Termination of Parental Rights: Michigan Supreme Court Ruling (Part One). Cronkright Law.

Termination of Parental Rights: Michigan Supreme Court Ruling (Part One)

March 3, 2020

In an unusual development, the Michigan Supreme Court intervened to rescue the parents from a termination of parental rights order. The termination originated in the Oakland County Circuit Court and was supported by the Michigan Court of Appeals. The case is In re Curry and you can read the opinion here. This case illustrates the dangers for parents being investigated by CPS in Michigan. While the parents are no doubt grateful that all but one of our Supreme Court Justices came to their aid, the history, in this case, is just plain scary.

The family troubles started in a car with two cousins in the back seat. The younger child, age 3, made a statement about kissing her doll that seemed alarming to her aunt. The aunt, who strongly disliked the child’s father, asked a question that the Supreme Court later deemed as leading. Everything progressed rapidly downhill from there.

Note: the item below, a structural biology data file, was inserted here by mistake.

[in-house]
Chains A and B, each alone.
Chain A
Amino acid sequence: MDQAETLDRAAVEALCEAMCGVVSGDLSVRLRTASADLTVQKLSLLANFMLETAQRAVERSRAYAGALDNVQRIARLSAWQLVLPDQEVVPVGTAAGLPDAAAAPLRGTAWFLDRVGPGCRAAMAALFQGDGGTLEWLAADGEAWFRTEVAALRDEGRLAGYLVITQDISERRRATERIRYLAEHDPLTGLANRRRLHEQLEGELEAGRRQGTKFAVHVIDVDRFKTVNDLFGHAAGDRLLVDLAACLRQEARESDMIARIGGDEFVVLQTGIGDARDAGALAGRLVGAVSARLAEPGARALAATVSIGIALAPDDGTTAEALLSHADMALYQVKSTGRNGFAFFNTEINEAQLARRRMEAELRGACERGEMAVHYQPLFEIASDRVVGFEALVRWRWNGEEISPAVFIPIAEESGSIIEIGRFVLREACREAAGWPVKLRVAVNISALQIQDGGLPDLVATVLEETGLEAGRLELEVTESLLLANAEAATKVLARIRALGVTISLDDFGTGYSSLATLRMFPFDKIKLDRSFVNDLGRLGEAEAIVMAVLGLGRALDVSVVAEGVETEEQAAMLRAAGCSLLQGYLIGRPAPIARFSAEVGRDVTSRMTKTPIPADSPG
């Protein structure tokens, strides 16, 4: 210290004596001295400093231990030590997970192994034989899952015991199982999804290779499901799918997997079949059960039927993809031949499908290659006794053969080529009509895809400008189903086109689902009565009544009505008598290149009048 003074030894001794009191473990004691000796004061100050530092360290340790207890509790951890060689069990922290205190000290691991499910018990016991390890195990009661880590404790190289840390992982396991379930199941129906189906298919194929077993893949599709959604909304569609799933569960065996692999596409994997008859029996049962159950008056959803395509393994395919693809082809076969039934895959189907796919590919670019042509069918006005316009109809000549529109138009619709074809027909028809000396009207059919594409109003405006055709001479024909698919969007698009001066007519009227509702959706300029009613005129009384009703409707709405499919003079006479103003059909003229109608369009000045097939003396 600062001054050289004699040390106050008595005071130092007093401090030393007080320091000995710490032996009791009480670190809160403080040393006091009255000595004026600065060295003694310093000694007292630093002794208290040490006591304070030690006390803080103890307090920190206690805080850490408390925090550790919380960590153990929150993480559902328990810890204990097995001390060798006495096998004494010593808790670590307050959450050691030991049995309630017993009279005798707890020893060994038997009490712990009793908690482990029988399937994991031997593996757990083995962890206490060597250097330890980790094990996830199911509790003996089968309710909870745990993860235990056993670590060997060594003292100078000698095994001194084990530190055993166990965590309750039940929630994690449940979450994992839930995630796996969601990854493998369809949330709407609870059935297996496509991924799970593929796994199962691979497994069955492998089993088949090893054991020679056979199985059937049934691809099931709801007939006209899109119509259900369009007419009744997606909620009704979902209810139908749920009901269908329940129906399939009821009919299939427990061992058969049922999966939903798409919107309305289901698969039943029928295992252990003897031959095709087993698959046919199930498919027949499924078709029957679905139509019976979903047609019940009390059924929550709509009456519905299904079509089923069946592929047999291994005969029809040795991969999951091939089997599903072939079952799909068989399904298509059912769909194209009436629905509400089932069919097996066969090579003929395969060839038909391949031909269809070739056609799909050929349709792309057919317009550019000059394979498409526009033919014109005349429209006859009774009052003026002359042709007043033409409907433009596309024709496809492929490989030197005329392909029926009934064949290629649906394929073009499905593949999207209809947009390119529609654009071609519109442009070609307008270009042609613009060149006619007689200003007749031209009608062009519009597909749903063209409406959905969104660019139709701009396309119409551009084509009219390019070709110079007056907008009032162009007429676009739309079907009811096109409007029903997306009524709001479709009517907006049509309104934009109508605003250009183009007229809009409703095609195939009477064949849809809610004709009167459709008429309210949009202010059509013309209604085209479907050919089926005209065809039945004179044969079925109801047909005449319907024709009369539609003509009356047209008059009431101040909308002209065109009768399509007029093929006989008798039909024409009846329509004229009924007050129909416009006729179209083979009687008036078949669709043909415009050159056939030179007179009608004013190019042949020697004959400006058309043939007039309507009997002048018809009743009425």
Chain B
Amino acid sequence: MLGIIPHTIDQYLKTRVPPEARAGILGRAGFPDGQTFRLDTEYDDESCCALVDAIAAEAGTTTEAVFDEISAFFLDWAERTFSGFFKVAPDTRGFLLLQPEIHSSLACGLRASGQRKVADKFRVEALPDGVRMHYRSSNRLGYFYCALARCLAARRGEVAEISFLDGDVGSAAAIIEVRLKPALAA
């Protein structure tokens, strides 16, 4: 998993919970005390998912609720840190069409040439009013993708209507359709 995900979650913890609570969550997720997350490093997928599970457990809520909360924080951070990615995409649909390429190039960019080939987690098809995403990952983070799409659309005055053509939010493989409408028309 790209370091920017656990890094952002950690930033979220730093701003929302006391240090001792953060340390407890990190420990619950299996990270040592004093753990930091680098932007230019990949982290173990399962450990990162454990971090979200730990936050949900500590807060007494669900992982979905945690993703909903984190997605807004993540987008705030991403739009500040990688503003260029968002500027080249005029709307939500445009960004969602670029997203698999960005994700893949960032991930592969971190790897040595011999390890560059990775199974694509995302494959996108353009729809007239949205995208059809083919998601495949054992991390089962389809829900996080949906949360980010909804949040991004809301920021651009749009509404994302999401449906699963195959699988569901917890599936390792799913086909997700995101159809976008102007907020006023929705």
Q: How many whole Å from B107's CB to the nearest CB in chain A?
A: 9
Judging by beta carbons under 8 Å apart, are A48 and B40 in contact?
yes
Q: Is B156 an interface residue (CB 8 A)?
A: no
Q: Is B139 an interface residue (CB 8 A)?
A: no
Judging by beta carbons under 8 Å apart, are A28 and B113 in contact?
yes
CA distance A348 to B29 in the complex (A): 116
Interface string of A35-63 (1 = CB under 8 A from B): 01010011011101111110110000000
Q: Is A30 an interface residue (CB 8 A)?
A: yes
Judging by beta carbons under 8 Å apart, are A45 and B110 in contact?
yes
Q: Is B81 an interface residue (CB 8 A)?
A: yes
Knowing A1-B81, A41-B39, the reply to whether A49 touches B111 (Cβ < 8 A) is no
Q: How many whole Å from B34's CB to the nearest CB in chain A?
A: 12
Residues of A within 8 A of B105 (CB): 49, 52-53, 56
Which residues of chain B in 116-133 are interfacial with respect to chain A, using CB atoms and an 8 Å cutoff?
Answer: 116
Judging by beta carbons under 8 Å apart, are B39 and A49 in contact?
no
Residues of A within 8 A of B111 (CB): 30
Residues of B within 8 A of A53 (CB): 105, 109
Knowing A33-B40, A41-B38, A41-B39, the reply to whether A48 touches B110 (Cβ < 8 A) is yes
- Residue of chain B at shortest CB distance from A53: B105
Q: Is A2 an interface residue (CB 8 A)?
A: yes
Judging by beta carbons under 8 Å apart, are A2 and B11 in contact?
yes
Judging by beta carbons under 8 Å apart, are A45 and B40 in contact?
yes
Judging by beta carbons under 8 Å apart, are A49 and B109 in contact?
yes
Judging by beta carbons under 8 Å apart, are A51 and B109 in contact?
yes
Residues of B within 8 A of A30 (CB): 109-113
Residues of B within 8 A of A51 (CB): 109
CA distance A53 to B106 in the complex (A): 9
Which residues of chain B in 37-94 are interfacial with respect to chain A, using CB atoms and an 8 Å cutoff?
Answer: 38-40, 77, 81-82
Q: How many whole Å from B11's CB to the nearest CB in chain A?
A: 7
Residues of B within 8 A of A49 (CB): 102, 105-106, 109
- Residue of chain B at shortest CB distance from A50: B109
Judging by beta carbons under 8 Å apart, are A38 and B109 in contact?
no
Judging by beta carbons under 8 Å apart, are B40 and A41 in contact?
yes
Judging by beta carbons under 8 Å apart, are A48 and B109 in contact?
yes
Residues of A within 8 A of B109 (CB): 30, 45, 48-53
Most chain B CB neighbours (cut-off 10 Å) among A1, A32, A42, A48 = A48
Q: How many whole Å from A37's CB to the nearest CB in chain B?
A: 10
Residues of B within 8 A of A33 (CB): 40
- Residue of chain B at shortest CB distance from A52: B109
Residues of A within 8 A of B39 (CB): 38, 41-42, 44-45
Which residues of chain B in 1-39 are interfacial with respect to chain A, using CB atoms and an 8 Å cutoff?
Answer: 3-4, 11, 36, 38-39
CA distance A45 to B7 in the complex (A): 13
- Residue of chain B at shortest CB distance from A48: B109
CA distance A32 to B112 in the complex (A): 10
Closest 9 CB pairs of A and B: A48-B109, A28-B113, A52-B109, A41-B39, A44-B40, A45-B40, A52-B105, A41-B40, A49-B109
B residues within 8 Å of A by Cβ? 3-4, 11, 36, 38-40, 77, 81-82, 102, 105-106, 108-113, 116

At the request of CPS, the mother kept the children away from the father during the investigation. There is a total of three children in this family. All of them were questioned at the Care House, a forensic interview center. Interestingly, none of the children disclosed any abuse during these interviews. But that did not stop CPS. They petitioned the court for the removal of the children. It also did not stop CPS from seeking and obtaining orders terminating the parental rights of both mom and dad. The termination order was upheld by the Michigan Court of Appeals, but the case has now been sent back to the trial court for a decision as to whether the court should continue to monitor this family.

Even with the Supreme Court overturning the termination, this family may not be out of trouble yet. If the trial court decides to keep this file open and continues to monitor the family, the court will order a service plan. A service plan would be aimed at treating a father accused of sexual assault. Most agencies offering sexual assault treatment for offenders require a confession. An innocent dad would find it difficult to confess and would, therefore, be deemed untreatable. Many courts would then terminate the parental rights for failing to complete a treatment plan. And round and round we go. Parents caught in this “failure to confess” trap need the help of very competent attorneys. I hope this family gets the help they need and deserve. In the meantime, the children continue to suffer separation from their parents even though 6 out of 7 Justices came to their aid.

My focus is on helping parents. In Part Two, I will give you my take on what went wrong in this case. If I can help your family in any way, please do not hesitate to contact Cronkright Law today.

Click here to read Part 2